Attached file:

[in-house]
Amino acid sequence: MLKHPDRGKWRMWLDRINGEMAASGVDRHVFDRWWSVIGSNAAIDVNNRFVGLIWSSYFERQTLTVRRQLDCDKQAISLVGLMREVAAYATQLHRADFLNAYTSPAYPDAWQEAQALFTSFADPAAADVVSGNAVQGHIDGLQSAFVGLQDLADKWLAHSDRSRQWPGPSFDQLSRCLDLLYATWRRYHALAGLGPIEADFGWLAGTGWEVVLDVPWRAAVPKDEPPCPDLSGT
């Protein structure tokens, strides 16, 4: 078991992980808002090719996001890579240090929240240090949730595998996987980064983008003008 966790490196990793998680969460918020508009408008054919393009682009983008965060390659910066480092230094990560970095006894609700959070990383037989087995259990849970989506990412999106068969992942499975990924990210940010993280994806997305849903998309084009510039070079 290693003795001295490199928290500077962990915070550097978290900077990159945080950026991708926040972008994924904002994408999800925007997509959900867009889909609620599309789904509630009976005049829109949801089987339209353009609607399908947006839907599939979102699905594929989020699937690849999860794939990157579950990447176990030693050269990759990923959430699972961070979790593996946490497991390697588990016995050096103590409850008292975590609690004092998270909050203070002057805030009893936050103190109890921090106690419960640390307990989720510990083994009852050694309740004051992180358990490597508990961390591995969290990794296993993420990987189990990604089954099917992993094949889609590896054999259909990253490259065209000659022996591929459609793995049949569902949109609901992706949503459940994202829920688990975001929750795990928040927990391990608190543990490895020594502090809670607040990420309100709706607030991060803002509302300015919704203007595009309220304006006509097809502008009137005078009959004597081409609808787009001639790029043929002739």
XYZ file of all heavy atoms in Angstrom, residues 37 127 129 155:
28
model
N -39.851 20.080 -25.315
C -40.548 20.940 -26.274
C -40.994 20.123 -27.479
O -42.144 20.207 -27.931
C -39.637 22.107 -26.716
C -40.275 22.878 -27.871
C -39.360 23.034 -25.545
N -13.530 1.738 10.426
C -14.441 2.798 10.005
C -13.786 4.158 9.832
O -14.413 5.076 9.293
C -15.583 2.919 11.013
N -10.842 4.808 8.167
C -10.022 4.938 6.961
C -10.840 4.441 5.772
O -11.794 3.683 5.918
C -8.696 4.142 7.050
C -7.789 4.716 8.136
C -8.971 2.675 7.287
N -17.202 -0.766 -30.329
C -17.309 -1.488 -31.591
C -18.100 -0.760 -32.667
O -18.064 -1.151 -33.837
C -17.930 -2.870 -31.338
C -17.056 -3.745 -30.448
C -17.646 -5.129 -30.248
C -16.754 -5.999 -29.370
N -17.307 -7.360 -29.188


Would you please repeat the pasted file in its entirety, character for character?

[in-house]
Amino acid sequence: MLKHPDRGKWRMWLDRINGEMAASGVDRHVFDRWWSVIGSNAAIDVNNRFVGLIWSSYFERQTLTVRRQLDCDKQAISLVGLMREVAAYATQLHRADFLNAYTSPAYPDAWQEAQALFTSFADPAAADVVSGNAVQGHIDGLQSAFVGLQDLADKWLAHSDRSRQWPGPSFDQLSRCLDLLYATWRRYHALAGLGPIEADFGWLAGTGWEVVLDVPWRAAVPKDEPPCPDLSGT
């Protein structure tokens, strides 16, 4: 078991992980808002090719996001890579240090929240240090949730595998996987980064983008003008 966790490196990793998680969460918020508009408008054919393009682009983008965060390659910066480092230094990560970095006894609700959070990383037989087995259990849970989506990412999106068969992942499975990924990210940010993280994806997305849903998309084009510039070079 290693003795001295490199928290500077962990915070550097978290900077990159945080950026991708926040972008994924904002994408999800925007997509959900867009889909609620599309789904509630009976005049829109949801089987339209353009609607399908947006839907599939979102699905594929989020699937690849999860794939990157579950990447176990030693050269990759990923959430699972961070979790593996946490497991390697588990016995050096103590409850008292975590609690004092998270909050203070002057805030009893936050103190109890921090106690419960640390307990989720510990083994009852050694309740004051992180358990490597508990961390591995969290990794296993993420990987189990990604089954099917992993094949889609590896054999259909990253490259065209000659022996591929459609793995049949569902949109609901992706949503459940994202829920688990975001929750795990928040927990391990608190543990490895020594502090809670607040990420309100709706607030991060803002509302300015919704203007595009309220304006006509097809502008009137005078009959004597081409609808787009001639790029043929002739």
XYZ file of all heavy atoms in Angstrom, residues 37 127 129 155:
28
model
N -39.851 20.080 -25.315
C -40.548 20.940 -26.274
C -40.994 20.123 -27.479
O -42.144 20.207 -27.931
C -39.637 22.107 -26.716
C -40.275 22.878 -27.871
C -39.360 23.034 -25.545
N -13.530 1.738 10.426
C -14.441 2.798 10.005
C -13.786 4.158 9.832
O -14.413 5.076 9.293
C -15.583 2.919 11.013
N -10.842 4.808 8.167
C -10.022 4.938 6.961
C -10.840 4.441 5.772
O -11.794 3.683 5.918
C -8.696 4.142 7.050
C -7.789 4.716 8.136
C -8.971 2.675 7.287
N -17.202 -0.766 -30.329
C -17.309 -1.488 -31.591
C -18.100 -0.760 -32.667
O -18.064 -1.151 -33.837
C -17.930 -2.870 -31.338
C -17.056 -3.745 -30.448
C -17.646 -5.129 -30.248
C -16.754 -5.999 -29.370
N -17.307 -7.360 -29.188